Creativity and Innovation in Horticulture

I am a believer in creativity and innovation — and I believe we need more of it in the horticulture science field.  Sure, we have lots of creativity and innovation in the Science aspect; however, the communication of that science is where the creativity and innovation is lacking.  I think that eXtension is attempting to bridge some of that gap, but I think we can go farther outside of the normal realm of extension communications.  Right now we think of fact sheets, videos, webinars, and social media (maybe).  We do a good job of having information ready for when people come to us.  What we need to improve is to get our information to people who are not actively looking for us.  

How do we do that?

Social media is a good place to start.  I was a skeptic about social media in the beginning (and I still have some questions about certain applications), but I have found Twitter to be highly educational.  I have discovered things that I never knew existed.  The amount of information in the world is overwhelming and impossible to fully grasp, but Twitter helps to target your interests.  Twitter is what led me to find some very creative and innovative ways to convey information.  Two examples of this are creaturecast.org and jayhosler.com.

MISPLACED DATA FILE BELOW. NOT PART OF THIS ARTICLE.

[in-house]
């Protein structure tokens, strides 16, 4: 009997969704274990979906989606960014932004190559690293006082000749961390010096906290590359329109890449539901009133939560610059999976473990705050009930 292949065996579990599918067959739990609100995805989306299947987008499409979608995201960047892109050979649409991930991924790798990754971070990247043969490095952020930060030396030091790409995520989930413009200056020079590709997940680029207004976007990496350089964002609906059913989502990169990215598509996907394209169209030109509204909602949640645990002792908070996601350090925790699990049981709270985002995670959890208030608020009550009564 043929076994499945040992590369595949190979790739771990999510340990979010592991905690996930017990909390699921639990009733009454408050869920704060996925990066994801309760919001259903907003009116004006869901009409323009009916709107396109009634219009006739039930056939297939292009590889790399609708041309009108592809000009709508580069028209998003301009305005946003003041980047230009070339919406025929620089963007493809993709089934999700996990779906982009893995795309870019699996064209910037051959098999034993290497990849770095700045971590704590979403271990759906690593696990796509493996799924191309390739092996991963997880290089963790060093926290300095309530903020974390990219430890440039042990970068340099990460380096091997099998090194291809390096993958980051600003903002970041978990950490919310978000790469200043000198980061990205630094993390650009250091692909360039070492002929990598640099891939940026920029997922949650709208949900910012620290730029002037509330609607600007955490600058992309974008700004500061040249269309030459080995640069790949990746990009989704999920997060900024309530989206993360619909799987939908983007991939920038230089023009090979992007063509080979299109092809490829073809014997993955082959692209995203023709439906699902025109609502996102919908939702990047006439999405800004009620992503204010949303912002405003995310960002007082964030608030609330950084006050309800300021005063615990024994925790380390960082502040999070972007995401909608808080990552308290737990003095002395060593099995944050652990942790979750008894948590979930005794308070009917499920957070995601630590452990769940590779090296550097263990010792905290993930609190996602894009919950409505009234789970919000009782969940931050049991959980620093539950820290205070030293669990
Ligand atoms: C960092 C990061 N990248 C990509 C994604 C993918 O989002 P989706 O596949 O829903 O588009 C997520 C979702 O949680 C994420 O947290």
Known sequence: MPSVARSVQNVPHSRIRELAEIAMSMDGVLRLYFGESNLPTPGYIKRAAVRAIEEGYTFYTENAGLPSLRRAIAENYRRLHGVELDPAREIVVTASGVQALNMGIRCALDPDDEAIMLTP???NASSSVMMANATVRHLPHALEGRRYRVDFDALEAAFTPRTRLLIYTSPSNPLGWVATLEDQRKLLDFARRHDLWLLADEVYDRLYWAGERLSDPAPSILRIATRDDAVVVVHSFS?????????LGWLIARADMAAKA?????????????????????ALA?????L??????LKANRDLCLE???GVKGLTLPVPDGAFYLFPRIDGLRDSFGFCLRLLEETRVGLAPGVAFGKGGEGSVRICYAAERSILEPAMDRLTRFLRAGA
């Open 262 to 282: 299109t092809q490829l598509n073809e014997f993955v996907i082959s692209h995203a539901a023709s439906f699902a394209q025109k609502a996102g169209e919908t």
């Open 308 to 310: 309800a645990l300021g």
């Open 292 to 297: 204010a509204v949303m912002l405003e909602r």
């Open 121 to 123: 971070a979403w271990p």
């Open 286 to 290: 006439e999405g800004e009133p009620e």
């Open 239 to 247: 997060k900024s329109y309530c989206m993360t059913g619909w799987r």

Creaturecast has short, professionally done videos that intertwine art with science.  They are elegantly simple in design but powerful in the expression of the science.

Jay Hosler conveys his area of science (the study of bees) through a visual medium of comics and graphic novels.  A wonderful method of crossing boundaries that should not exist, but do.

What these websites (and related projects) have in common is that they understand that we live in a popular culture society.  Video is a popular way to convey an idea (TV, movies, video games, etc.) as are comic books.  I find inspiration in what these researchers are doing to reach their audience.

What do you think?  Do we need more creativity and innovation in the field of Horticulture Science?

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